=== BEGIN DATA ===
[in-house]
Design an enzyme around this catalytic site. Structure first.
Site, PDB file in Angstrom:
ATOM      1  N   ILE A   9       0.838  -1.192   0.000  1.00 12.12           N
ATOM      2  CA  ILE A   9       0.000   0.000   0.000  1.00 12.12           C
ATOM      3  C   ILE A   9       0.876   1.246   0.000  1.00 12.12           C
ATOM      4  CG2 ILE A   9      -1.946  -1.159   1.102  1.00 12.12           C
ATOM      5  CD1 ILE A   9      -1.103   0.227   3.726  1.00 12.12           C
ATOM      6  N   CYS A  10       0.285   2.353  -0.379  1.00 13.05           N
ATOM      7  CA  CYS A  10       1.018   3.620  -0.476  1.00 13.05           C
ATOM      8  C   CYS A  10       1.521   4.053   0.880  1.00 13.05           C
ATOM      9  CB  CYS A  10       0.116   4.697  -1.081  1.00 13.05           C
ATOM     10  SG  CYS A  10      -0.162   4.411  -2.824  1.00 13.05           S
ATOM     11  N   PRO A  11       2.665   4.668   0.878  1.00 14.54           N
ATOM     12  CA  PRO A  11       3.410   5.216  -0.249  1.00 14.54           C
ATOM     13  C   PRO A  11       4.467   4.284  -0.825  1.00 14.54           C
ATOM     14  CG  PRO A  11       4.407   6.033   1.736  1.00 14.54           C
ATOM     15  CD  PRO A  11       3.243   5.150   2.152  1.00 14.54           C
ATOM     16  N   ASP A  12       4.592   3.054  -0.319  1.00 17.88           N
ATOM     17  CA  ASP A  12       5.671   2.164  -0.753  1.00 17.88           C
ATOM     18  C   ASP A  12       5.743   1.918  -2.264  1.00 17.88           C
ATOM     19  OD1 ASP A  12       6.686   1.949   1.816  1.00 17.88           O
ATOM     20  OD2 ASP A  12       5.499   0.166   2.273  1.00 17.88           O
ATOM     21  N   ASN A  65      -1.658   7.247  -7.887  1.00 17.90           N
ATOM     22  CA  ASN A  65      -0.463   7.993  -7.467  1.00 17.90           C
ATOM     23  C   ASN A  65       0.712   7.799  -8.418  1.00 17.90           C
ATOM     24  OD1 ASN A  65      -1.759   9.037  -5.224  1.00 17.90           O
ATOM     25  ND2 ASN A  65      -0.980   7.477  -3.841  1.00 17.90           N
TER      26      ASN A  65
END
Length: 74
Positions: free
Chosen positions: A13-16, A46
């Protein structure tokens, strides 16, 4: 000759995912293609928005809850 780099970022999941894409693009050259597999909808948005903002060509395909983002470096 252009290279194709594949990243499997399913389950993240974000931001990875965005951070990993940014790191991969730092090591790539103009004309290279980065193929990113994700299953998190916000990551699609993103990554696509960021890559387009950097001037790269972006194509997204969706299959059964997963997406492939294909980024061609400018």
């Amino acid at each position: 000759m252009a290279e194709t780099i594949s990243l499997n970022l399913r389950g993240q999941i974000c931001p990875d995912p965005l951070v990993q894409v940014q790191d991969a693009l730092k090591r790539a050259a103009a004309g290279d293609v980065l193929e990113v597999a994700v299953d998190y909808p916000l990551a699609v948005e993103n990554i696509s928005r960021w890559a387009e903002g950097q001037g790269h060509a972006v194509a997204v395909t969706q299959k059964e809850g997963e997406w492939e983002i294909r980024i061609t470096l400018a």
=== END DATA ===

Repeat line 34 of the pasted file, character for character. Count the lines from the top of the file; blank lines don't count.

């Protein structure tokens, strides 16, 4: 000759995912293609928005809850 780099970022999941894409693009050259597999909808948005903002060509395909983002470096 252009290279194709594949990243499997399913389950993240974000931001990875965005951070990993940014790191991969730092090591790539103009004309290279980065193929990113994700299953998190916000990551699609993103990554696509960021890559387009950097001037790269972006194509997204969706299959059964997963997406492939294909980024061609400018």